Safe email practices-part one

by Ken May-Swift Chip

Why? Unsafe computing can corrupt your files, expose the contents of your internal drive to strangers, cause other computers to become compromised, and even allow your computer to be used by spammers to send millions of unsolicited emails.

Using safe email practices helps you:
Protect your inbox
Protect your computer
Protect your privacy
Protect your friends and neighbors

Here are recommendations you should follow to protect yourself when using email.

1.Screen messages before viewing them, and delete anything that appears suspicious. Carefully examine your list of unopened messages.

Do any of them come from people or addresses you don’t recognize? Do the subject lines have words with too many spaces, or long random numbers? Do they seem too good to be true, or somehow odd? If so, it’s probably best to just delete the message along with any attachments.

Wait! Don’t open that email yet…

If a message has attachments don’t open it unless you know the sender and are expecting the attachment. If you’re not sure what it is, contact the sender before opening the message and ask exactly what the message and attachment is.

Don’t be fooled by Dirty Tricks.

Most computer worms (a kind of malicious program) spread themselves via email by spoofing addresses found in the infected computer’s address book and sending copies of itself to other addresses in the address book, so it’s very likely that an infected message can appear to come from someone you know. Many of these messages will use vague or generic subject lines like “Re:     ” or “Hi.” Others will try to look like they come from a technical support service, or even from Microsoft. Be careful about opening these.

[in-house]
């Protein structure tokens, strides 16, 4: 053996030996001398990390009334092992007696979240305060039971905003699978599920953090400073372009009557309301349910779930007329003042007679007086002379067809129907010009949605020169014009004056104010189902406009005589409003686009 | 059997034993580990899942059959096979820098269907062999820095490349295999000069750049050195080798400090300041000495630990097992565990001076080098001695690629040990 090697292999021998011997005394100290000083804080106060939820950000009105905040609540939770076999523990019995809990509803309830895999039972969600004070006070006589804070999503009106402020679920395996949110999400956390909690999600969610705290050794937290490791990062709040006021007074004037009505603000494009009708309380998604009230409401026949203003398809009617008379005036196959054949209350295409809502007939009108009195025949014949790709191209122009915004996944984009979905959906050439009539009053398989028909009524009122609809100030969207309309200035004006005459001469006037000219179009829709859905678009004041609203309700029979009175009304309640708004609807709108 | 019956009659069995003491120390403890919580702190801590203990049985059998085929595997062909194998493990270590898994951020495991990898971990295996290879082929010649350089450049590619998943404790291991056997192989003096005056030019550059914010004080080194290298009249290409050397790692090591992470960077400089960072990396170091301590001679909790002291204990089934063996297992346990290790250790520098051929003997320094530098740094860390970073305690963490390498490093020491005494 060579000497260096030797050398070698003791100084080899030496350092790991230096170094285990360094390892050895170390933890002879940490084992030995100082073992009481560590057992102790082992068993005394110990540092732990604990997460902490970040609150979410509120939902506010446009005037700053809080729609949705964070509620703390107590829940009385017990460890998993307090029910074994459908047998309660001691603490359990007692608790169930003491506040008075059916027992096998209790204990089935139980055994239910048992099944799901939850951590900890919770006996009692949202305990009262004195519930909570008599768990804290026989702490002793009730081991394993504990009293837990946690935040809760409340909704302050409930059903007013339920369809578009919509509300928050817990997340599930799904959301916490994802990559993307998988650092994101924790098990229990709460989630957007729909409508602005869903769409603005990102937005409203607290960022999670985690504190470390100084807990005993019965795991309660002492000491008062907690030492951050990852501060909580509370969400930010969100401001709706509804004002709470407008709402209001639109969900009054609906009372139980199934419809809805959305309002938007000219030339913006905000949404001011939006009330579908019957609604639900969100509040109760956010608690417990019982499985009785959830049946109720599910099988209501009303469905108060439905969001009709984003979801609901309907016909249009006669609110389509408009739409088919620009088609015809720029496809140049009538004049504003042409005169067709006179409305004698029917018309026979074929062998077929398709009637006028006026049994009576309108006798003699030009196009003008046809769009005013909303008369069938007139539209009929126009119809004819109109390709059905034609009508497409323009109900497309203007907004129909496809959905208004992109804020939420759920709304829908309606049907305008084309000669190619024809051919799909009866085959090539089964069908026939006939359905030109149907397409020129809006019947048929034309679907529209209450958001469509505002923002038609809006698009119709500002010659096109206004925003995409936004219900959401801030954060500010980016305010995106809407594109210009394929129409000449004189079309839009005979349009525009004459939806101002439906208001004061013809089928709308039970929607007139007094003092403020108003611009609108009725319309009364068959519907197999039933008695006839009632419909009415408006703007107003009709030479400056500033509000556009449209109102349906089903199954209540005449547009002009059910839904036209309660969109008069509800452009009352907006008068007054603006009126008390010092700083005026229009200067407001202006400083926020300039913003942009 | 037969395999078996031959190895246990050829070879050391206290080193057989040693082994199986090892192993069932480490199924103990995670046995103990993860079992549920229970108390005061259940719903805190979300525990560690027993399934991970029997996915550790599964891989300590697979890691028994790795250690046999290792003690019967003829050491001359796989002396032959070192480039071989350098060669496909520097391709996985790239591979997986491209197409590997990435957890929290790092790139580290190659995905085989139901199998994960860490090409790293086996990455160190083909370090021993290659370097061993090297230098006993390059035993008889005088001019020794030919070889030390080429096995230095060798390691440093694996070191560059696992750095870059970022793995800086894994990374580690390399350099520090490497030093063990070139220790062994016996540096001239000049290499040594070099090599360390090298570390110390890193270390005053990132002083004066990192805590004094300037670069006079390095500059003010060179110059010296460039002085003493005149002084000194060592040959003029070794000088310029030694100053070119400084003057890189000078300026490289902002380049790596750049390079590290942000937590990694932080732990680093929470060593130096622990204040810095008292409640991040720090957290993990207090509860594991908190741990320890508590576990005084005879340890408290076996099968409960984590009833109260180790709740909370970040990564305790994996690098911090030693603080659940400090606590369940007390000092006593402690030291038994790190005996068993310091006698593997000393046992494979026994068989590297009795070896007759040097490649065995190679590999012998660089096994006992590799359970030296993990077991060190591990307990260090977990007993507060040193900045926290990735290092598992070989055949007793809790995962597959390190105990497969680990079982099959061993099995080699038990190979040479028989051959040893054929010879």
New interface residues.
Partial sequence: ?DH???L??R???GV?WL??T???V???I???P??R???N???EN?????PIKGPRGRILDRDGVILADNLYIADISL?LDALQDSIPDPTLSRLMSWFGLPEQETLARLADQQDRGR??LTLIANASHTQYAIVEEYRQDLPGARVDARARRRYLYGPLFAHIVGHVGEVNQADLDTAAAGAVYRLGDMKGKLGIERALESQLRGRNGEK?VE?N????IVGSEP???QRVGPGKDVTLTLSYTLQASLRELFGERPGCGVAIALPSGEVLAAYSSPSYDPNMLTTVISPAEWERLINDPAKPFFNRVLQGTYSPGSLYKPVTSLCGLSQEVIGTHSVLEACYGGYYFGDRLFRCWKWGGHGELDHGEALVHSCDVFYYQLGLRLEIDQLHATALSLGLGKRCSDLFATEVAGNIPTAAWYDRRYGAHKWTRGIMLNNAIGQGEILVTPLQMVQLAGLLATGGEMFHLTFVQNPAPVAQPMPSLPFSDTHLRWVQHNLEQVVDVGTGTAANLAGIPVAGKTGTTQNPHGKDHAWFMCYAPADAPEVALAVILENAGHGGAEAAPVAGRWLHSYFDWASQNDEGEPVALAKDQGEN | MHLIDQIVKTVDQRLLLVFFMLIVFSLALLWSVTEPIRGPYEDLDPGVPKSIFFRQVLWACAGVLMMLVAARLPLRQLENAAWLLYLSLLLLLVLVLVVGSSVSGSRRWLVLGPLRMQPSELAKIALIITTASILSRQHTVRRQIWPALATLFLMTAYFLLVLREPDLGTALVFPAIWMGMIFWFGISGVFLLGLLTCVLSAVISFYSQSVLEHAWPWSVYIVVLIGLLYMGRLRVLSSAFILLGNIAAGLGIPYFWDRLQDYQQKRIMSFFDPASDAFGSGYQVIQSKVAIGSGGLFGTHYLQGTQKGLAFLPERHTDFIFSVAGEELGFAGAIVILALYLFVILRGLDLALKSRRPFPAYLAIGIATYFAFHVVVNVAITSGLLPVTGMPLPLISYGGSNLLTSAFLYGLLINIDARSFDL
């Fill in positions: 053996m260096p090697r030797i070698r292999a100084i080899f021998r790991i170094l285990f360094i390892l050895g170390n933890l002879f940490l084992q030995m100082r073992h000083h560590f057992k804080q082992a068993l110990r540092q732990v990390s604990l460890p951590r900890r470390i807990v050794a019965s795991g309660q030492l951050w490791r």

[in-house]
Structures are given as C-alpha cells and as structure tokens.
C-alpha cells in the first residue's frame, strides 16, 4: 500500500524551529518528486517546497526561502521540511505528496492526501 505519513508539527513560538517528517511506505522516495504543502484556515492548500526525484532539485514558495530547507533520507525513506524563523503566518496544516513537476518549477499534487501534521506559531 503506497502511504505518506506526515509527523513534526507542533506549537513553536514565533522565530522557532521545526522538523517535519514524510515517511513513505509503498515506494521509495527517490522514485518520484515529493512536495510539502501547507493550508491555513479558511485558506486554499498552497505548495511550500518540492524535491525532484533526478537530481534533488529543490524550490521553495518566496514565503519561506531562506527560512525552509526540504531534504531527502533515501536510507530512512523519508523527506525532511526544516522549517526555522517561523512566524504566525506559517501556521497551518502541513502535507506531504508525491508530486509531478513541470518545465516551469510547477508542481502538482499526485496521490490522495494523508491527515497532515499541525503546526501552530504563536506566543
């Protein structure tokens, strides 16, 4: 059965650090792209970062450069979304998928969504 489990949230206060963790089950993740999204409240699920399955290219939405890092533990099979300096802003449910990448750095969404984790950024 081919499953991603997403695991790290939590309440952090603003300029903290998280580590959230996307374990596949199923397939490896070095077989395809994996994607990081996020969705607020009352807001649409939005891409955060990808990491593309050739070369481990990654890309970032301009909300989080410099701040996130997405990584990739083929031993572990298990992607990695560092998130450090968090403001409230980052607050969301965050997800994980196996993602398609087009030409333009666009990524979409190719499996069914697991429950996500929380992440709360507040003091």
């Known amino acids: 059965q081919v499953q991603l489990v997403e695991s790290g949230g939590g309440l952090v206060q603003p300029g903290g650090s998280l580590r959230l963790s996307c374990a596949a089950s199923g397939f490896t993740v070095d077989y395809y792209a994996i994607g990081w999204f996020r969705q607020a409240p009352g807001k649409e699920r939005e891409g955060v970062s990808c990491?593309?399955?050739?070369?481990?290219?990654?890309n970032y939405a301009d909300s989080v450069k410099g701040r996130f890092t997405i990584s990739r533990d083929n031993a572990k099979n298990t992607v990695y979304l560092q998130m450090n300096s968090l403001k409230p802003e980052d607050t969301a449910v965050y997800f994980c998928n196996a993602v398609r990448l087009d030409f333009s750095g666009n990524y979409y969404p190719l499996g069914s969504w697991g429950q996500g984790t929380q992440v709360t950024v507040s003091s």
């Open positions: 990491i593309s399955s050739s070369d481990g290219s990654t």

Always confirm a Wire Transfer.

An extremely common attack we are seeing is for an email to come in that appears to be from a user in the company. If the email address matches exactly, this is called “spoofing.” Also check to see if the domain name is slightly off. For instance, instead of “gmail.com” it says “gmaii.com.” These emails often request a wire transfer, and are targeting accountants and CFOs. Please verify with the person directly.

2. Open your messages, but beware the Next and Previous buttons.

Using the Next and Previous buttons to open and move from message to message is convenient but dangerous, especially if you don’t screen messages thoroughly, or if new messages come in while you’re reading other screened messages.

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